Critics say his proposals fall far short of the sweeping changes that are needed to address years of cuts and neglect that have severely hampered the mental health care system. Baker's 2018 budget calls for only a 1.6 percent funding increase for the Department of Mental Health. 

Are supervised injections a good tool in the fight against the opioids epidemic?
In Massachusetts, nearly 2,000 people fatally overdose on opioid drugs last year. That's why in April, the Massachusetts Medical Society came out in support of Supervised Injection Sites, where addicts can use drugs using clean needles alongside doctors who are ready to administer overdose drugs if necessary. 

Battles over who decides what’s necessary in mental health
Groups representing insurance plans and behavioral health service providers scrapped over a bill that would give clinicians a greater say in determining medical necessity for mental-health services, a decision typically made by the insurer.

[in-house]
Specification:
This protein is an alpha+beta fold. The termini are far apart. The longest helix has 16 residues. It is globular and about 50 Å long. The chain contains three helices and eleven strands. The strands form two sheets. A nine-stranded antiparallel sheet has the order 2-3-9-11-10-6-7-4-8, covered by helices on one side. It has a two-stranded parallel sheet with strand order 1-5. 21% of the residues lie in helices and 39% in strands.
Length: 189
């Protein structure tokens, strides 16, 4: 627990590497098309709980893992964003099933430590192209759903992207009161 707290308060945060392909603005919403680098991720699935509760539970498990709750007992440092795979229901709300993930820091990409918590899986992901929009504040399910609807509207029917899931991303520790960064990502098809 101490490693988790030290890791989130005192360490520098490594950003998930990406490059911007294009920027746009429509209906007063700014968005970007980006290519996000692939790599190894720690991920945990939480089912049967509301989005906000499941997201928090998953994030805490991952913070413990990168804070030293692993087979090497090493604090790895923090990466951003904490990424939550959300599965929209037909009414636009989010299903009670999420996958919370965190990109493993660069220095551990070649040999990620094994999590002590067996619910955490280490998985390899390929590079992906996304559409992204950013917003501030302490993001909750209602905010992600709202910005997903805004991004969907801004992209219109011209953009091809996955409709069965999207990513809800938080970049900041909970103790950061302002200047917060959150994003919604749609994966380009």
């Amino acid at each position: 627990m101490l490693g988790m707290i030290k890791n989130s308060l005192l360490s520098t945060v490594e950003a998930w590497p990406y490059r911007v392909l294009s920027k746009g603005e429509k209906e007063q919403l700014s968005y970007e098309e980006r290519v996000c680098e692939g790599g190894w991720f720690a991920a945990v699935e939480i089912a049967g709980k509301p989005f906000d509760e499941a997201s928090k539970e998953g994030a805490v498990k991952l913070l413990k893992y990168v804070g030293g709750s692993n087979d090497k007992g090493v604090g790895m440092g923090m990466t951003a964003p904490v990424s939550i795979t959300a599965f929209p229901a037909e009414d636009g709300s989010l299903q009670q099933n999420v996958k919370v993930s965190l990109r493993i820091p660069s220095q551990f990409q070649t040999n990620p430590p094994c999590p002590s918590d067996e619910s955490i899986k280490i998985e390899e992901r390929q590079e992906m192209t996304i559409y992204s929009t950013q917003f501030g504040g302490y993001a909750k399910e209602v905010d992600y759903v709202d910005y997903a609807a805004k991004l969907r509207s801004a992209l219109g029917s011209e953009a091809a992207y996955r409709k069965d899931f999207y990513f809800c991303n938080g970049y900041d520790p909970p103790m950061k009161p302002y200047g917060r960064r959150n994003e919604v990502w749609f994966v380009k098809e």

Tufts Medical CEO says hospital plans to spend $30M on nurses’ contract
The hospital has been negotiating a new contract with 1,200 union nurses since April 2016. The sides are still at odds over wages, staffing and retirement benefits, and will meet again on June 12 with a federal moderator. 

Patients wait hours or days for ER psych beds as demand rises
A study of Massachusetts hospitals showed that mentally ill patients wait hours, sometimes days, for treatment. It also found that the poorest patients — those on public insurance or without insurance — waited the longest.

Mass. doctor can proceed with lawsuit seeking right to die, judge rules
A retired Falmouth doctor who has metastatic prostate cancer can continue pursuing a lawsuit seeking the right to obtain a lethal dose of medication from his doctor and choose when he dies, a Suffolk Superior Court judge ruled.  

Health officials warn of mumps outbreak in Mass.
The Department of Public Health on Friday says 12 cases of mumps have been reported since the end of March.